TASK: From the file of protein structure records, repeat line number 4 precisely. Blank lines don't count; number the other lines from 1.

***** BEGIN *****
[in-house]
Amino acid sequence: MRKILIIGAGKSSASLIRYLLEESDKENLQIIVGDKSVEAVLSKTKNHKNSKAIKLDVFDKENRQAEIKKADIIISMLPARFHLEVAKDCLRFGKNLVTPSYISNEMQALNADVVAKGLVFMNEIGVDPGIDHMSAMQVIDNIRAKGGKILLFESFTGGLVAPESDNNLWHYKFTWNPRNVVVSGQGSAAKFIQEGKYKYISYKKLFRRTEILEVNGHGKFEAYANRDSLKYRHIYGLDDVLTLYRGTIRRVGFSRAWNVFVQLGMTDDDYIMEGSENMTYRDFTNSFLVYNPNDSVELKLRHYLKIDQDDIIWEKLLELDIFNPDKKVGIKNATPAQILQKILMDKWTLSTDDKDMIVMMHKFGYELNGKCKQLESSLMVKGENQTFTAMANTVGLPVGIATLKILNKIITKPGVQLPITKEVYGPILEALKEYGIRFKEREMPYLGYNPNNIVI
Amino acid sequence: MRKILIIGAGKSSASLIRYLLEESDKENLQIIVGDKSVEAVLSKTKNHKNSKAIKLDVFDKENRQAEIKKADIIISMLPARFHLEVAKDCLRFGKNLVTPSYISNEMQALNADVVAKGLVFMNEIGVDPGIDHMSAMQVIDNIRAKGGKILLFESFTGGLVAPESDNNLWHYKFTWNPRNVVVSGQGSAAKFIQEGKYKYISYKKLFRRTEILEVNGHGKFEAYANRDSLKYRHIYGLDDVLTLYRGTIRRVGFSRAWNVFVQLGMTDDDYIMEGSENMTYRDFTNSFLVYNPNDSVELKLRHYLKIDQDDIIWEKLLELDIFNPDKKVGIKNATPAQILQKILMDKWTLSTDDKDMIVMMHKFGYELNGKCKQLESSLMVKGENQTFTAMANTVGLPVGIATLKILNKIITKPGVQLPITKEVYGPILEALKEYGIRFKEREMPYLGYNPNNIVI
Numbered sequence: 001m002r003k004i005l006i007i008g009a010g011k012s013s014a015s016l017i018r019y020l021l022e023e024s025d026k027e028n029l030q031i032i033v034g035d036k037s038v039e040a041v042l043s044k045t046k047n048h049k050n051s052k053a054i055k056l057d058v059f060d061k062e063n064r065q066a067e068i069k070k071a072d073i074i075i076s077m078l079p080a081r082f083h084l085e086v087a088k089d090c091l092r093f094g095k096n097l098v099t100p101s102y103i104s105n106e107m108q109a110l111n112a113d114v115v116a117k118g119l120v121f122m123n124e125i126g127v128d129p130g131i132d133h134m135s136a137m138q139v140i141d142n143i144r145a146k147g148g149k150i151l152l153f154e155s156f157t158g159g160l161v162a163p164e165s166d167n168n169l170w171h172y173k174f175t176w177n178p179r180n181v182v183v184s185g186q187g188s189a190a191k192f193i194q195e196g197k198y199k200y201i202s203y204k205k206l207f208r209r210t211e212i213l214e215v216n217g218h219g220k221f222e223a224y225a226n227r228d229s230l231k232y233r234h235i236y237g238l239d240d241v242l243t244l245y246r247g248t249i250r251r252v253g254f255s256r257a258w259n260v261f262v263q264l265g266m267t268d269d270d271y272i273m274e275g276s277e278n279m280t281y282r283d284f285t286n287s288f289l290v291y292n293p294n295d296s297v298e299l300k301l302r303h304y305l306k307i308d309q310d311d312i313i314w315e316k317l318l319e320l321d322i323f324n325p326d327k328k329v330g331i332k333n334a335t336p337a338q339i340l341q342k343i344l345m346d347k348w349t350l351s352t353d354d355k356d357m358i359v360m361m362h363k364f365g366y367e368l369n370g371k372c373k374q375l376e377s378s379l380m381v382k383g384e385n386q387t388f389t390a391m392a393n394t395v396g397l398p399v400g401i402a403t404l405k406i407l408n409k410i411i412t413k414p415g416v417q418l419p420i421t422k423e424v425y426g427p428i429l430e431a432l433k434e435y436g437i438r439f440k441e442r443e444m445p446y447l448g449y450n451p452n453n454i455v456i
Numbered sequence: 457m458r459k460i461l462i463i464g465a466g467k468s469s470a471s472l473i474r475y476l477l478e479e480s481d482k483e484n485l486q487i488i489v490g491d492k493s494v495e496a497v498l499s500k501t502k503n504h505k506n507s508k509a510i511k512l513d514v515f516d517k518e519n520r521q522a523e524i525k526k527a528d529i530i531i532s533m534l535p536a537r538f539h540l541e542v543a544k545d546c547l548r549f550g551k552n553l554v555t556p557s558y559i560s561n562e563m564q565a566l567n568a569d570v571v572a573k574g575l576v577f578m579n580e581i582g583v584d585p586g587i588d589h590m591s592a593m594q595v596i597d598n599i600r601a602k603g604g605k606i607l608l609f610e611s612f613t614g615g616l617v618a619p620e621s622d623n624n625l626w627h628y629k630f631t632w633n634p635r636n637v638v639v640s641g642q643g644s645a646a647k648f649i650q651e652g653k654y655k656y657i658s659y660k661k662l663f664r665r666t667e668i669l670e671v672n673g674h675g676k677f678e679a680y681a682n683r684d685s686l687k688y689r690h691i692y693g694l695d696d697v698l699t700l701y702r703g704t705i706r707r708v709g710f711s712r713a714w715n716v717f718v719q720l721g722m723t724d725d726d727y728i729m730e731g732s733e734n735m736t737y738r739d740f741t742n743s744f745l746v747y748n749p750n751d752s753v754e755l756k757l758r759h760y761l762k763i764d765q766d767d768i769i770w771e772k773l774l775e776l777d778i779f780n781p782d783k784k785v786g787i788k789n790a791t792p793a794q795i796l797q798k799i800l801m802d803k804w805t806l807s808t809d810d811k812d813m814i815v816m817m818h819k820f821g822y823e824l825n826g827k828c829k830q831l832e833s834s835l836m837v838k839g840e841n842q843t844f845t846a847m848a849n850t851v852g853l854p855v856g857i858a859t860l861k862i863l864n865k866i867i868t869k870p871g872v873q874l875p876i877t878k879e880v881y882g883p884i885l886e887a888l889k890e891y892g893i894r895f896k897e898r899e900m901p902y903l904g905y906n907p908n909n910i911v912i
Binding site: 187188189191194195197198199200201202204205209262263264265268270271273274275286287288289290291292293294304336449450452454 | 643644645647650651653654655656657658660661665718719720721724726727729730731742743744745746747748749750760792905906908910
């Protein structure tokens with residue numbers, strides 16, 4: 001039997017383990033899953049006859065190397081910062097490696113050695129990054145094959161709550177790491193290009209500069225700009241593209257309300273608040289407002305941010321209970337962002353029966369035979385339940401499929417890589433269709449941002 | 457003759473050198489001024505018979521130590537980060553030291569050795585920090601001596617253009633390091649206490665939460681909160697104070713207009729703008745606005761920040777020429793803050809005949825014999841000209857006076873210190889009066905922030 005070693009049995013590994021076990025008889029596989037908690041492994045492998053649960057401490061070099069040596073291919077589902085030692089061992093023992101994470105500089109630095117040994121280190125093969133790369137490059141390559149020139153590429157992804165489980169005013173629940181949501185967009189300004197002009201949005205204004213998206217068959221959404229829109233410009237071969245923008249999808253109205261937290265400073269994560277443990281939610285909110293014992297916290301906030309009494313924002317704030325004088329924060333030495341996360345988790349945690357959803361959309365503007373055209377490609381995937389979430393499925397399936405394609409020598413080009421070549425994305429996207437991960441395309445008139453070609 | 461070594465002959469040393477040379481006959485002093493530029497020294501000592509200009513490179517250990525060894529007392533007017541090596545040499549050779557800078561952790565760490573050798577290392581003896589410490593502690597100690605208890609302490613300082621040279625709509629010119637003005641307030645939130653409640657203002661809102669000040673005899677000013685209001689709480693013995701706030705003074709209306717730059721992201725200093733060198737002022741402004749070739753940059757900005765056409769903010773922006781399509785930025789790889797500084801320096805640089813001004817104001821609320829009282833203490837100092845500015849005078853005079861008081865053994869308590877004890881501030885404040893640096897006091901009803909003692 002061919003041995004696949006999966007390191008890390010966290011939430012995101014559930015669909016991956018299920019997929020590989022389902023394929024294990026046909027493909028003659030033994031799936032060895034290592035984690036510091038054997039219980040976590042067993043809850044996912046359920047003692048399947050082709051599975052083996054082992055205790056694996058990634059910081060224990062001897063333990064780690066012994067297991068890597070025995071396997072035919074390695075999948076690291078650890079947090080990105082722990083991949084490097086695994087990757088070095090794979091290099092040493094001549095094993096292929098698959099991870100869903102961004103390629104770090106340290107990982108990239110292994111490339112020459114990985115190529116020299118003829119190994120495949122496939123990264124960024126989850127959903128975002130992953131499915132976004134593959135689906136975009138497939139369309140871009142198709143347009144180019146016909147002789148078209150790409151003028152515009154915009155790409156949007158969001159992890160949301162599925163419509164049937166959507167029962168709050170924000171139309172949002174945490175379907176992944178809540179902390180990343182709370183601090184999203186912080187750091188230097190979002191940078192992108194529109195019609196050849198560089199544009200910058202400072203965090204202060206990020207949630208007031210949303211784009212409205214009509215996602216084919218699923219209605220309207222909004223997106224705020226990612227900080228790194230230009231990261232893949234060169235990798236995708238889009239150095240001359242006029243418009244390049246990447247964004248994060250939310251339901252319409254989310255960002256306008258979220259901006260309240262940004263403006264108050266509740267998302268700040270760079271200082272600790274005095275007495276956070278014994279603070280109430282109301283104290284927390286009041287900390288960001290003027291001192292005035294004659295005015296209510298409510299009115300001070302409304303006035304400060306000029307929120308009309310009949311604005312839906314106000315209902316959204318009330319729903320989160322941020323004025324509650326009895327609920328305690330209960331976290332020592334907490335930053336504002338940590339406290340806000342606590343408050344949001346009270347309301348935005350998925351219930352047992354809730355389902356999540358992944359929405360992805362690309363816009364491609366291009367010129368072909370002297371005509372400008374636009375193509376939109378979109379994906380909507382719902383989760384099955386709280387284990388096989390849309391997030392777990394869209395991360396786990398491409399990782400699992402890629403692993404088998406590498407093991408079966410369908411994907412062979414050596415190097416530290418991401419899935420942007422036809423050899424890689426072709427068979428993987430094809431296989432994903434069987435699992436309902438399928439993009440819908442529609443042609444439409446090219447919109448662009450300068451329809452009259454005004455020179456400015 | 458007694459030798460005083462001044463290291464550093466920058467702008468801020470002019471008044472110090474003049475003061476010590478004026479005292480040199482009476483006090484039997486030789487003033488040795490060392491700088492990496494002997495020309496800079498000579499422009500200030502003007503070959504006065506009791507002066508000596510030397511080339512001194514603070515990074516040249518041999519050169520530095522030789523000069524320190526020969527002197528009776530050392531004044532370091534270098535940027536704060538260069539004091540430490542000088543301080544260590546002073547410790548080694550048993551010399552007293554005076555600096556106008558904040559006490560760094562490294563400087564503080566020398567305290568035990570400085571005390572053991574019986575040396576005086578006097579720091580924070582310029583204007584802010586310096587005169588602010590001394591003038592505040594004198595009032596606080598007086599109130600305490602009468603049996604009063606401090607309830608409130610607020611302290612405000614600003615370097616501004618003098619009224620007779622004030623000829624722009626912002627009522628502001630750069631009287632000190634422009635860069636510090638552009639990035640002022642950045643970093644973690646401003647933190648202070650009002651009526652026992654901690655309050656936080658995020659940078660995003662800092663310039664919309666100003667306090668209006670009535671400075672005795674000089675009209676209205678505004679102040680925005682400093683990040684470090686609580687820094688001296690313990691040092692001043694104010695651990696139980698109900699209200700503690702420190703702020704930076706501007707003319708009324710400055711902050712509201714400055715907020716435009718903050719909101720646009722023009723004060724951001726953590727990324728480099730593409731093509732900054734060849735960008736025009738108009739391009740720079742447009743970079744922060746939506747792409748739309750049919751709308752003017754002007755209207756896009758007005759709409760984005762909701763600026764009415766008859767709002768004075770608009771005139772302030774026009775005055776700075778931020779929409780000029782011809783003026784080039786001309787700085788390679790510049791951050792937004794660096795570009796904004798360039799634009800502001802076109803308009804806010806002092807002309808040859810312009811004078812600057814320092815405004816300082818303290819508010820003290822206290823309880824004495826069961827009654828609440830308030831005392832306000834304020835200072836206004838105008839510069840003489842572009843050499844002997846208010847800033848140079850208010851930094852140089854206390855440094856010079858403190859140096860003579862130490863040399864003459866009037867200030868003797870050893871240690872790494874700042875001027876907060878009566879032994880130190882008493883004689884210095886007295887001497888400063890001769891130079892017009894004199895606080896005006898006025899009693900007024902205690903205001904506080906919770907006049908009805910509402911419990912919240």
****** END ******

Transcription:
Numbered sequence: 001m002r003k004i005l006i007i008g009a010g011k012s013s014a015s016l017i018r019y020l021l022e023e024s025d026k027e028n029l030q031i032i033v034g035d036k037s038v039e040a041v042l043s044k045t046k047n048h049k050n051s052k053a054i055k056l057d058v059f060d061k062e063n064r065q066a067e068i069k070k071a072d073i074i075i076s077m078l079p080a081r082f083h084l085e086v087a088k089d090c091l092r093f094g095k096n097l098v099t100p101s102y103i104s105n106e107m108q109a110l111n112a113d114v115v116a117k118g119l120v121f122m123n124e125i126g127v128d129p130g131i132d133h134m135s136a137m138q139v140i141d142n143i144r145a146k147g148g149k150i151l152l153f154e155s156f157t158g159g160l161v162a163p164e165s166d167n168n169l170w171h172y173k174f175t176w177n178p179r180n181v182v183v184s185g186q187g188s189a190a191k192f193i194q195e196g197k198y199k200y201i202s203y204k205k206l207f208r209r210t211e212i213l214e215v216n217g218h219g220k221f222e223a224y225a226n227r228d229s230l231k232y233r234h235i236y237g238l239d240d241v242l243t244l245y246r247g248t249i250r251r252v253g254f255s256r257a258w259n260v261f262v263q264l265g266m267t268d269d270d271y272i273m274e275g276s277e278n279m280t281y282r283d284f285t286n287s288f289l290v291y292n293p294n295d296s297v298e299l300k301l302r303h304y305l306k307i308d309q310d311d312i313i314w315e316k317l318l319e320l321d322i323f324n325p326d327k328k329v330g331i332k333n334a335t336p337a338q339i340l341q342k343i344l345m346d347k348w349t350l351s352t353d354d355k356d357m358i359v360m361m362h363k364f365g366y367e368l369n370g371k372c373k374q375l376e377s378s379l380m381v382k383g384e385n386q387t388f389t390a391m392a393n394t395v396g397l398p399v400g401i402a403t404l405k406i407l408n409k410i411i412t413k414p415g416v417q418l419p420i421t422k423e424v425y426g427p428i429l430e431a432l433k434e435y436g437i438r439f440k441e442r443e444m445p446y447l448g449y450n451p452n453n454i455v456i